In Beauty Roots, Bustle chats with diverse creators in the beauty industry about how their heritage has influenced their businesses and routines. Here, Giovanna Campagna talks about the skin care rituals she picked up from her Colombian relatives and the country’s native ingredients she features in her beauty brand, Joaquina Botánica.
When Giovanna Campagna worked in fashion, she ran an agency that discovered and launched Latin American talent into the international market — something she, a half-Colombian, found as an exciting way to connect back to her roots. Then, in 2019, she realized this sort of brand spotlight should be happening in the beauty industry, too. She credits this epiphany as the catalyst for her skin care line, Joaquina Botánica, which officially launched in January 2021 and has quickly reached cult status.
“Latin America has this incredibly deep beauty culture that had not really been tapped into or seen fully in the U.S.,” says Campagna, who grew up regularly traveling between New York City and Colombia. “It’s also the most diverse region in the world, and is home to a wide variety of ingredients that are super potent in skin care, like papaya and avocado, along with superfoods from the Amazon that have been used for thousands of years in indigenous communities.”
To share the verdant botanicals and native rituals of her heritage with a new consumer, Campagna developed skin care formulas that would — in theory — deliver the glow she notices whenever she visits her home country. “I often think about how my skin looks its best when I’m somewhere like Colombia — somewhere really tropical and warm,” she says. “The humid air just cushions your skin, you’re nourished by the sun and fresh fruits, and it just all gives your skin this glow. I wanted to make products that recreate that.”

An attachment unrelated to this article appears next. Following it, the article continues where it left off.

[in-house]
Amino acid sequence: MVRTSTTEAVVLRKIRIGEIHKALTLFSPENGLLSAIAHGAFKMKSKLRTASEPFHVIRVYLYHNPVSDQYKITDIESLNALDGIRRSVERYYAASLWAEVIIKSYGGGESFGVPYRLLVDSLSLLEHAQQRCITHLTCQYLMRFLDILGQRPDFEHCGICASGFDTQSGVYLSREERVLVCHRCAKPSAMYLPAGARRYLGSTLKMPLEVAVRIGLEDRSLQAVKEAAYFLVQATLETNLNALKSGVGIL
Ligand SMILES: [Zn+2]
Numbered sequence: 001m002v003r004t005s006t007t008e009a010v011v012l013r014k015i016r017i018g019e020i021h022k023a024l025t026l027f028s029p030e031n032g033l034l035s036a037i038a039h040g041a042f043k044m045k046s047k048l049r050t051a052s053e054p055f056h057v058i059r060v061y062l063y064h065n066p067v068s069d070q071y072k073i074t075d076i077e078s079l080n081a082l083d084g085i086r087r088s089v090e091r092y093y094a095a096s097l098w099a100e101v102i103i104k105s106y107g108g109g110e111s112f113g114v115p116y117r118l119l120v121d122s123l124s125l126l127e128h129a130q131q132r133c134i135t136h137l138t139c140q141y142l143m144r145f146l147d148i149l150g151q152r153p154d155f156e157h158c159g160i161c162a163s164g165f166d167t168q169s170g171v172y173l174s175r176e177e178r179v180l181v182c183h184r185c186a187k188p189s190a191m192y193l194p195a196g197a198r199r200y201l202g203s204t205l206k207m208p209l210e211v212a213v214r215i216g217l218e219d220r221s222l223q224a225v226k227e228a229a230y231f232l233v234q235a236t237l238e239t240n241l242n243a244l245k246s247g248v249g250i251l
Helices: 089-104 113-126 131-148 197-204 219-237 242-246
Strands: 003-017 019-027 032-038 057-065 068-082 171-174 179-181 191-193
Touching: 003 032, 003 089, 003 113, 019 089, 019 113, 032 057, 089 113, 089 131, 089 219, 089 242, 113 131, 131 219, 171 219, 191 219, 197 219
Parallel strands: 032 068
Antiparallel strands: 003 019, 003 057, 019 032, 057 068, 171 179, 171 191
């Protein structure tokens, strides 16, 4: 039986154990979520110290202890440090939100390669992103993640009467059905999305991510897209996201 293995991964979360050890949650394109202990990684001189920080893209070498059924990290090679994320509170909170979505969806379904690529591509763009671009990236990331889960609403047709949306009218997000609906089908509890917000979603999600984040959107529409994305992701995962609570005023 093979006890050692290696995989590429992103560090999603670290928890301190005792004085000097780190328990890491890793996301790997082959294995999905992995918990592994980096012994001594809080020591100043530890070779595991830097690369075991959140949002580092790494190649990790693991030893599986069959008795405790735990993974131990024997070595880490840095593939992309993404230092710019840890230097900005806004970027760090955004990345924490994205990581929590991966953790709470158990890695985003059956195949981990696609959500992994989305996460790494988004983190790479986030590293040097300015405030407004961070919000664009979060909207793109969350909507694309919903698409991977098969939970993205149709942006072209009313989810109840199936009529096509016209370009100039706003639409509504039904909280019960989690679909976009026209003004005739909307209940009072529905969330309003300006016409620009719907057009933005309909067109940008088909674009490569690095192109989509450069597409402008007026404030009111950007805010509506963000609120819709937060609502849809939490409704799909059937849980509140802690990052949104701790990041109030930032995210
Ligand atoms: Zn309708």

To Campagna, Latinx beauty is about more than featuring the region’s lush natural ingredients — it’s also a way for her to bridge the two worlds she grew up in. “Throughout my life, I’ve always loved sharing what I keep discovering [in Colombia] with the world here,” she tells Bustle. “I’m very excited about bringing this new perspective in.”
Below, Campagna tells Bustle about the Colombian approach to beauty and how Joaquina Botánica’s products deliver a just-got-back-from-the-beach radiance.
How do people in Colombia approach beauty?
One thing that’s really central is consistency. It’s a daily or weekly ritual for women to do their skin care routine, get their nails and hair done — there’s this pride in taking care of yourself, which adds up to aging gracefully and looking your best. Girls start at a very young age doing face masks at home, and they’ll get their nails done with their mom at like 8-years-old. On the other end, it’s the same way: My great aunt passed when she was 104, and every day she would do her hair, her skin care routine, put on lipstick to go to the grocery store. There’s this approach that no matter how young or how old you are, you should always enjoy your beauty and be proud of everything you have.
Would you say there’s a mental health tie-in there?